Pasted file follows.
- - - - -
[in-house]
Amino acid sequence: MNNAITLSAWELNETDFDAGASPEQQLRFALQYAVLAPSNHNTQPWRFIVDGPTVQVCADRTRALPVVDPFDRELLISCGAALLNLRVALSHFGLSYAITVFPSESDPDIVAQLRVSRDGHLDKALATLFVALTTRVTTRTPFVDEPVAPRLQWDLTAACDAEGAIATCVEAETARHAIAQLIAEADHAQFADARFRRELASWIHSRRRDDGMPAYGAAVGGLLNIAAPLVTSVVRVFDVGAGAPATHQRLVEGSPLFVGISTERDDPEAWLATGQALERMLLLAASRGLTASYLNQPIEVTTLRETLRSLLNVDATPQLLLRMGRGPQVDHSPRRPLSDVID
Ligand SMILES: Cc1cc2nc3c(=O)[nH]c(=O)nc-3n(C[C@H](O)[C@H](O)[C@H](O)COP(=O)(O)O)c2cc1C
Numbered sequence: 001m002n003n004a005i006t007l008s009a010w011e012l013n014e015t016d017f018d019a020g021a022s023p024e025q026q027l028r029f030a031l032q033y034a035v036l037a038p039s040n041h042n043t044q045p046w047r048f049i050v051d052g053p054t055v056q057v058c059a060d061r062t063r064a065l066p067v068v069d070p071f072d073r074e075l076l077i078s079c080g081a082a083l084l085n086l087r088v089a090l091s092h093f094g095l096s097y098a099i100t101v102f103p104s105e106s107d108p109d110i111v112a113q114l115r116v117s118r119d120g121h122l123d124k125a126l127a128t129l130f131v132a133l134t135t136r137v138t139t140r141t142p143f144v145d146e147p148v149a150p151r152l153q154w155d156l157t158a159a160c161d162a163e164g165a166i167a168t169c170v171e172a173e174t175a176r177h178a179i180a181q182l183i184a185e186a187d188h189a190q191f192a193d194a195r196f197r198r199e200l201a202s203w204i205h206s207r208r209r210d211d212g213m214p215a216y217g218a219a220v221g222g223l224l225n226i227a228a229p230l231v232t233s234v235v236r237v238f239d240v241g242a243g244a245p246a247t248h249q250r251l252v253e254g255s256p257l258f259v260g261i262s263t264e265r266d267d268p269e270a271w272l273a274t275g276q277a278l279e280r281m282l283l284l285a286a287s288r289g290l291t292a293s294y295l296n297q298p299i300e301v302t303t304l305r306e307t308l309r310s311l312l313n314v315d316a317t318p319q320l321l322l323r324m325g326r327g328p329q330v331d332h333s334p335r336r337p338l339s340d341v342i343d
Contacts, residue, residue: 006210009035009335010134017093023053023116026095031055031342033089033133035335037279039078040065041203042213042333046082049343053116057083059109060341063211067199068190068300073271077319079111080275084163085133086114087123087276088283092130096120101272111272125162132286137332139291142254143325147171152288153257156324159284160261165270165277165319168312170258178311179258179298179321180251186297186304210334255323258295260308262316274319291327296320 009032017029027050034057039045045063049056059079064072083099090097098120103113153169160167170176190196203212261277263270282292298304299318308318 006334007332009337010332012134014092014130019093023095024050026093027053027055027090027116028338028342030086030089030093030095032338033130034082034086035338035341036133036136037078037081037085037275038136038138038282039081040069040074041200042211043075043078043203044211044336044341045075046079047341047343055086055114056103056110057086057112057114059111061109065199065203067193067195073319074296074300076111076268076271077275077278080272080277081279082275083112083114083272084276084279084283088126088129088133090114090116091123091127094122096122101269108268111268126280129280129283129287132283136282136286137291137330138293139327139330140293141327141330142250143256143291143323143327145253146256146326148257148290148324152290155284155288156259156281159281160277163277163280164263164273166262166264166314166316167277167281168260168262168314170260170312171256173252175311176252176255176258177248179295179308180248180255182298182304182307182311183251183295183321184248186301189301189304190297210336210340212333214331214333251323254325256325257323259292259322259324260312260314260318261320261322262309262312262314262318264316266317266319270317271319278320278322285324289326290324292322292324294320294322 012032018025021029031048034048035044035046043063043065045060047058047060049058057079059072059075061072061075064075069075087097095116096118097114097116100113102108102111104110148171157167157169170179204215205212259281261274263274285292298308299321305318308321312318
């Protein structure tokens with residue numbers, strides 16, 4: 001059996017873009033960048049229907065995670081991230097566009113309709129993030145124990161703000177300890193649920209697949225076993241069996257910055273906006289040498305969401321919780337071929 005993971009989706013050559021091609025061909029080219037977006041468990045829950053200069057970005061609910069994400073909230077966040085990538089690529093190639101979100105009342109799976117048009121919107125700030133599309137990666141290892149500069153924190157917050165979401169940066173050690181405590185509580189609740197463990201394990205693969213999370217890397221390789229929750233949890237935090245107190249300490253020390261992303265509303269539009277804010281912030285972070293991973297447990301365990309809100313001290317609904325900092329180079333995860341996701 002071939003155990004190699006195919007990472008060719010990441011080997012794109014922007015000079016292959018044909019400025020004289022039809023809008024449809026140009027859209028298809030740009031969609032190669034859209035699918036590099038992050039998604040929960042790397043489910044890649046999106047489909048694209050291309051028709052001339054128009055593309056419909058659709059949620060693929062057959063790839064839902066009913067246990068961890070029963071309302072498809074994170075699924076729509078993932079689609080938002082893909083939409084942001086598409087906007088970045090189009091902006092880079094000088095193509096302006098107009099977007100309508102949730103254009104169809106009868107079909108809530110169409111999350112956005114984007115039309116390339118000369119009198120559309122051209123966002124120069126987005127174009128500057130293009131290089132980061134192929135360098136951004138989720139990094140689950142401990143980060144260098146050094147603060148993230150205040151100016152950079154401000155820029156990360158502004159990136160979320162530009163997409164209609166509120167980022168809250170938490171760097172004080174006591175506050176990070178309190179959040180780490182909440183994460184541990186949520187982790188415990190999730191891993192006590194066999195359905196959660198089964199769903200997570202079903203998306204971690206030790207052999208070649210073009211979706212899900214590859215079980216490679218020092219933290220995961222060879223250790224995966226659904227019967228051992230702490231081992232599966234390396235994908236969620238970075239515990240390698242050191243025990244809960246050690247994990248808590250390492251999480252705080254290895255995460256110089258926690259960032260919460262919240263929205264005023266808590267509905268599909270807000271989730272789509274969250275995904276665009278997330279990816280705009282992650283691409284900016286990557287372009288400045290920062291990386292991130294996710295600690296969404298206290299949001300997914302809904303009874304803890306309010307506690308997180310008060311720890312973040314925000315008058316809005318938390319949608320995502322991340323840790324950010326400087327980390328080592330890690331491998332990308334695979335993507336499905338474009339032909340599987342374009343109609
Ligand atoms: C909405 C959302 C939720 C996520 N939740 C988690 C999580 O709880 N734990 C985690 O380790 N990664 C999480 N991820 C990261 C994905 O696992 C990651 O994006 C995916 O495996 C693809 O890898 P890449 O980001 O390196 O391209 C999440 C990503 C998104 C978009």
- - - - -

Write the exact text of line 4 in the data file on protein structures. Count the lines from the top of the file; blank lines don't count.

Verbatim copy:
Numbered sequence: 001m002n003n004a005i006t007l008s009a010w011e012l013n014e015t016d017f018d019a020g021a022s023p024e025q026q027l028r029f030a031l032q033y034a035v036l037a038p039s040n041h042n043t044q045p046w047r048f049i050v051d052g053p054t055v056q057v058c059a060d061r062t063r064a065l066p067v068v069d070p071f072d073r074e075l076l077i078s079c080g081a082a083l084l085n086l087r088v089a090l091s092h093f094g095l096s097y098a099i100t101v102f103p104s105e106s107d108p109d110i111v112a113q114l115r116v117s118r119d120g121h122l123d124k125a126l127a128t129l130f131v132a133l134t135t136r137v138t139t140r141t142p143f144v145d146e147p148v149a150p151r152l153q154w155d156l157t158a159a160c161d162a163e164g165a166i167a168t169c170v171e172a173e174t175a176r177h178a179i180a181q182l183i184a185e186a187d188h189a190q191f192a193d194a195r196f197r198r199e200l201a202s203w204i205h206s207r208r209r210d211d212g213m214p215a216y217g218a219a220v221g222g223l224l225n226i227a228a229p230l231v232t233s234v235v236r237v238f239d240v241g242a243g244a245p246a247t248h249q250r251l252v253e254g255s256p257l258f259v260g261i262s263t264e265r266d267d268p269e270a271w272l273a274t275g276q277a278l279e280r281m282l283l284l285a286a287s288r289g290l291t292a293s294y295l296n297q298p299i300e301v302t303t304l305r306e307t308l309r310s311l312l313n314v315d316a317t318p319q320l321l322l323r324m325g326r327g328p329q330v331d332h333s334p335r336r337p338l339s340d341v342i343d